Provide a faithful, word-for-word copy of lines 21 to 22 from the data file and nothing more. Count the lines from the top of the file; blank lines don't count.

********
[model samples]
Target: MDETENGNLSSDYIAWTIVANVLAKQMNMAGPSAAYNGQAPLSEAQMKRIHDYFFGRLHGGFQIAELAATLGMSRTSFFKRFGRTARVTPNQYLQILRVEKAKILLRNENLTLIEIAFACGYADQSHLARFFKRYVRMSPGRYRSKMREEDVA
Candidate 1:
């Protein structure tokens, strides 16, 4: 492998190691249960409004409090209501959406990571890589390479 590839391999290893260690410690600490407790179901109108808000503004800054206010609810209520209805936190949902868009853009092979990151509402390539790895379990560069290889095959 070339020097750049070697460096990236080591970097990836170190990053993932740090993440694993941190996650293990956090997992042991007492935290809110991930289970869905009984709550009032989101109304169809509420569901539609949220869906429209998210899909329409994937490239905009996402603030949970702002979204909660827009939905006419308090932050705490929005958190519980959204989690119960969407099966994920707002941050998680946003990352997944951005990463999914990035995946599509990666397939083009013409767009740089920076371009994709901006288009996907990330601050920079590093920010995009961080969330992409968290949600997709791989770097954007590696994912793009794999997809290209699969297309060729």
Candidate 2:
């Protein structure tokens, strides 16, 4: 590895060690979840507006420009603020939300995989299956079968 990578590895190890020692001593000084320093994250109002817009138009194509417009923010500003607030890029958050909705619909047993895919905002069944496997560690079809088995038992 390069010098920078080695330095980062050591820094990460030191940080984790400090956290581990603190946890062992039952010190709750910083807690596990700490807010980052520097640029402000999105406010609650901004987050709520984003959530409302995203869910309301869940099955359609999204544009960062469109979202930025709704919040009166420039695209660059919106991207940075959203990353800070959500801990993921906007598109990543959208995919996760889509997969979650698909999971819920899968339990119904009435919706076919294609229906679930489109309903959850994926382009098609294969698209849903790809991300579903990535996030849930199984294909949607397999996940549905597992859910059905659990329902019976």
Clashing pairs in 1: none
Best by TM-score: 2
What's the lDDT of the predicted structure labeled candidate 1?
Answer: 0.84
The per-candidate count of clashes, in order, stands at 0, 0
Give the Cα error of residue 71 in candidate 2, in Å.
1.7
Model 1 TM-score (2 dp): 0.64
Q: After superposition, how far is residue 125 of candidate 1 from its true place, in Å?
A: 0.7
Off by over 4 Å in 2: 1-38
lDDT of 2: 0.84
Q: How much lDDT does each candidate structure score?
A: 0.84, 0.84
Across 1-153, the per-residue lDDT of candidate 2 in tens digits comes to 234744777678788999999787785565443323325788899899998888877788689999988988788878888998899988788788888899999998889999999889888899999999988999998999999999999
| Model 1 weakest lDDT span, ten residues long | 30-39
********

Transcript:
Across 1-153, the per-residue lDDT of candidate 2 in tens digits comes to 234744777678788999999787785565443323325788899899998888877788689999988988788878888998899988788788888899999998889999999889888899999999988999998999999999999
| Model 1 weakest lDDT span, ten residues long | 30-39